2. Voluntary restraint; seclusion; as, the confinement of a man to his house, or to his studies.
  3. Voluntary restraint in action or practice; as, confinement to a particular diet.
  4. Restraint from going abroad by sickness, particularly by child-birth.


  1. A borderer; one who lives on confines, or near the border of a country. – Shak.
  2. He or that which is near the limit; a near neighbor; he or that which is adjacent or contiguous; as, confiners in art; confiners between plants and animals, as oysters. – Wotton. Bacon.


He or that which limits or restrains.


Restraining; limiting; imprisoning.

CON-FIN'I-TY, n. [L. confinitas.]

Contiguity; nearness; neighborhood. – Dict.

CON-FIRM', v.t. [conferm'; L. confirmo; con and firmo, to make firm. See Firm.]

  1. To make firm, or more firm; to add strength to; to strengthen; as, health is confirmed by exercise.
  2. To fix more firmly; to settle or establish. Confirming the souls of the disciples. – Acts xiv. I confirm thee in the priesthood. – Maccabees. Confirm the crown to me and to mine heirs. – Shak.
  3. To make firm or certain; to give new assurance of truth or certainty; to put past doubt. The testimony of Christ was confirmed in you. – 1 Cor. i.
  4. To fix; to radicate; as, the patient has a confirmed dropsy.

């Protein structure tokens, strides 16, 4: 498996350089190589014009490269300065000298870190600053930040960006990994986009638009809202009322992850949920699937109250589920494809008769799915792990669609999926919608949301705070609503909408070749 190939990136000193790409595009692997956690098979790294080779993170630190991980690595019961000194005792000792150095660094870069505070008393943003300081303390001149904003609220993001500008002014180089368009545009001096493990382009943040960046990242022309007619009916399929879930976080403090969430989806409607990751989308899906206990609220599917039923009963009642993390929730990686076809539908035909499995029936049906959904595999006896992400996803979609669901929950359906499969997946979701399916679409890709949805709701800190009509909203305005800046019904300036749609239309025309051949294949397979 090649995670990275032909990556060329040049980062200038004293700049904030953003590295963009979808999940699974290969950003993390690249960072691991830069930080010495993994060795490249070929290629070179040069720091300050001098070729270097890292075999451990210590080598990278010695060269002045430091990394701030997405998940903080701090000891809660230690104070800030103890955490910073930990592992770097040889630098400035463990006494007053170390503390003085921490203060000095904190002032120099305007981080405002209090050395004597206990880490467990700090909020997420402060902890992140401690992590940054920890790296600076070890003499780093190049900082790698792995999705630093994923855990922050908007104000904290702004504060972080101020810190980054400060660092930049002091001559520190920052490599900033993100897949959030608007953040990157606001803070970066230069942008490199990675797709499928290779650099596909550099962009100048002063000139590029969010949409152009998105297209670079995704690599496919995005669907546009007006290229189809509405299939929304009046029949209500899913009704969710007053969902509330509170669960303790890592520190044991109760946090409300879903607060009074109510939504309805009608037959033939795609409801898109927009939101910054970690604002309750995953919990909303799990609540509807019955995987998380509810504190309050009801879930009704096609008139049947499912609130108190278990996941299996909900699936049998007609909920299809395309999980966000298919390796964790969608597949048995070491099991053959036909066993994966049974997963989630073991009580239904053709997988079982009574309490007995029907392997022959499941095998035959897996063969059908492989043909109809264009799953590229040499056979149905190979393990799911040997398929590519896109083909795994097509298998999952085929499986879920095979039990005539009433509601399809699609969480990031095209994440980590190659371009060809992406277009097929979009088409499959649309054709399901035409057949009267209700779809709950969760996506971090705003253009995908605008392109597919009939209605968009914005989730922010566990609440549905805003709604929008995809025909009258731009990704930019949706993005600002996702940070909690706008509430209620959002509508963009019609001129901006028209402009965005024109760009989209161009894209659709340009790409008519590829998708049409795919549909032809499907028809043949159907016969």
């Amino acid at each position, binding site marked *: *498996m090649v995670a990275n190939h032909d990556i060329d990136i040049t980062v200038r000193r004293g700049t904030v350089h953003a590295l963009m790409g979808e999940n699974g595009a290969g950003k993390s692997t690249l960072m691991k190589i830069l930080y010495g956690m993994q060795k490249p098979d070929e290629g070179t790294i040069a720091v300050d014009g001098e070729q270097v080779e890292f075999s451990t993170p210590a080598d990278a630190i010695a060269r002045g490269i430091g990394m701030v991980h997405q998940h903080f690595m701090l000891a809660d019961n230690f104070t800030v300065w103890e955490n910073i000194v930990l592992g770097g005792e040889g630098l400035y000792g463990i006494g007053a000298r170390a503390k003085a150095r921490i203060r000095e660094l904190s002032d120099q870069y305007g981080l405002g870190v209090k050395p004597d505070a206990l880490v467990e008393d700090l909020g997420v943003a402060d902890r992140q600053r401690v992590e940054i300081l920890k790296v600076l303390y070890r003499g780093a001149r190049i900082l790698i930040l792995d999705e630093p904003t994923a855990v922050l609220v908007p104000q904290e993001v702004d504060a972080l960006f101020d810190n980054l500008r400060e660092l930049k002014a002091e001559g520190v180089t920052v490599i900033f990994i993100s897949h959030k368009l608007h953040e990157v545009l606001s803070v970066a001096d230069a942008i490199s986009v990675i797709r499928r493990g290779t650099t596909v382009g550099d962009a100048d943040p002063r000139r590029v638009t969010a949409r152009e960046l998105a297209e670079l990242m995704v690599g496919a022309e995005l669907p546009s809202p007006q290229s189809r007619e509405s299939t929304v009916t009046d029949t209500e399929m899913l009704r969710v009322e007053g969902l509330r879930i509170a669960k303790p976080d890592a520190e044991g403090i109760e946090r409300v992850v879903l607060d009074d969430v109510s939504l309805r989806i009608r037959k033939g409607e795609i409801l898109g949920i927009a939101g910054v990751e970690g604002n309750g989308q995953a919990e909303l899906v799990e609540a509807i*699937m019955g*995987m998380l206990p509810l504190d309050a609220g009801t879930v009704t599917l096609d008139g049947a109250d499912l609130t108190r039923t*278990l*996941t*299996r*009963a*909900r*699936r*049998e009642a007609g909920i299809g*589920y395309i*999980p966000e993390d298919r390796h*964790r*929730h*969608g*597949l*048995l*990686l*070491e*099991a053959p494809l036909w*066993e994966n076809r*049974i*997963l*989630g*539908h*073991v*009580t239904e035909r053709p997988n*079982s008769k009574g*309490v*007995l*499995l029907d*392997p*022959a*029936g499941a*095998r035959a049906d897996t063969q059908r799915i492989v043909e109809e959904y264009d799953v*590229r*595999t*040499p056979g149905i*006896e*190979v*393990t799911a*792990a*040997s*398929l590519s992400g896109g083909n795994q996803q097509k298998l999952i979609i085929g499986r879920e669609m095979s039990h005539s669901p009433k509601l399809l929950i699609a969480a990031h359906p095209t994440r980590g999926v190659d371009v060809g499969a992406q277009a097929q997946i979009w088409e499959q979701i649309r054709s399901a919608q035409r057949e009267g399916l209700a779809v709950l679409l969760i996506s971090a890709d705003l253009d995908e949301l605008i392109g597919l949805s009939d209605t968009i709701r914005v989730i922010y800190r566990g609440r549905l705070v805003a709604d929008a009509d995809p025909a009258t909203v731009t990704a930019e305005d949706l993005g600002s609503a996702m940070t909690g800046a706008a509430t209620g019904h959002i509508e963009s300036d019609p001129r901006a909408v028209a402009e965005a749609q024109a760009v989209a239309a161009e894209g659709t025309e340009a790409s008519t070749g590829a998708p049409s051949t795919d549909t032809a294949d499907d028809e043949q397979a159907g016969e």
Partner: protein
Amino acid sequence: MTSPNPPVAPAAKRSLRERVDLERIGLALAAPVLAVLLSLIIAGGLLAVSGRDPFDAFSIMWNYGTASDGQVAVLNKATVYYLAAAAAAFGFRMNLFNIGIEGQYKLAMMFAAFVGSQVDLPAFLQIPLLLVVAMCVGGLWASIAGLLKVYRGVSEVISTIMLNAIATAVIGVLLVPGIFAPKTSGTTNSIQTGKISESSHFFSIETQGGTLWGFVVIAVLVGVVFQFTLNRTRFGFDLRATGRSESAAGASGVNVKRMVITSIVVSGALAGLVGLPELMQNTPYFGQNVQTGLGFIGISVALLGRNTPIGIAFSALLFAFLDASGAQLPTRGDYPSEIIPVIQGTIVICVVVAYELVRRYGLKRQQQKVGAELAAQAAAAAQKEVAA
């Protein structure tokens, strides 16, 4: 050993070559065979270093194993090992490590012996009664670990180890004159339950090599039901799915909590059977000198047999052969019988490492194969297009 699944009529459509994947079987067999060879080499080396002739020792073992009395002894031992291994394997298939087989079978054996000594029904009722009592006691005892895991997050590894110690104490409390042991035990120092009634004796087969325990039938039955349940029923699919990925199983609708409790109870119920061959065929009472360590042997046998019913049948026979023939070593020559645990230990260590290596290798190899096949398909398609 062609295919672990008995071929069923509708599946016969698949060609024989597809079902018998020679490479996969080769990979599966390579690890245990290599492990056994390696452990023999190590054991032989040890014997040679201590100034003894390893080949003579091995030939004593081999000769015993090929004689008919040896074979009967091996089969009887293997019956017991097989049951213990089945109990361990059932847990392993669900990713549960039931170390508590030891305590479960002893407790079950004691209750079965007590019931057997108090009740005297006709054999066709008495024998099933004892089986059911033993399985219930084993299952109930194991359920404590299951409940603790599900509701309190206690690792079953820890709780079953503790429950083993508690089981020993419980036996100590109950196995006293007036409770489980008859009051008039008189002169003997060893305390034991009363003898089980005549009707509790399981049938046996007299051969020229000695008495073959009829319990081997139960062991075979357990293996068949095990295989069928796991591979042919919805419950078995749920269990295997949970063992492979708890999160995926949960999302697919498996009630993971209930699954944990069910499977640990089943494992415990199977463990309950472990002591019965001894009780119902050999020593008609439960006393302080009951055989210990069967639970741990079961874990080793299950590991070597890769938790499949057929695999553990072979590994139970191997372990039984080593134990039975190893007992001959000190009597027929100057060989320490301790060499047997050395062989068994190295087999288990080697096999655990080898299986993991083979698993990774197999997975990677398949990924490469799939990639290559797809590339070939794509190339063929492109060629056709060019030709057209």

5. To strengthen; to ratify; as, to confirm an agreement, promise, covenant or title.
  6. To make more firm; to strengthen; as, to confirm an opinion, a purpose or resolution.
  7. To admit to the full privileges of a Christian, by the imposition of hands. – Johnson.

CON-FIRM'A-BLE, a. [conferm'able.]

That may be confirmed, established or ratified; capable of being made more certain. – Brown.


  1. The act of confirming or establishing; a fixing, settling, establishing or making more certain or firm; establishment. In the defense and confirmation of the gospel, ye are all partakers of my grace. – Phil. i.
  2. The act of ratifying; as, the confirmation of a promise, covenant, or stipulation.
  3. The act of giving new strength; as, the confirmation of health.
  4. The act of giving new evidence; as, the confirmation of opinion or report.
  5. That which confirms; that which gives new strength or assurance; additional evidence; proof; convincing testimony; as, this fact or this argument is a confirmation of what was before alledged.
  6. In law, an assurance of title, by the conveyance of an estate or right in esse, from one man to another, by which a voidable estate is made sure or unavoidable, or a particular estate is increased, or a possession made perfect. – Blackstone.
  7. In church affairs, the act of ratifying the election of an archbishop or bishop, by the king, or by persons of his appointment. – Blackstone.
  8. The act or ceremony of laying on of hands, in the admission of baptized persons to the enjoyment of Christian privileges. The person to be confirmed brings his godfather and godmother, and takes upon himself the baptismal vows This is practiced in the Greek, Roman and Episcopal churches. – Hammond. Encyc.

CON-FIRM'A-TIVE, a. [conferm'ative.]

Having the power of confirming; tending to establish.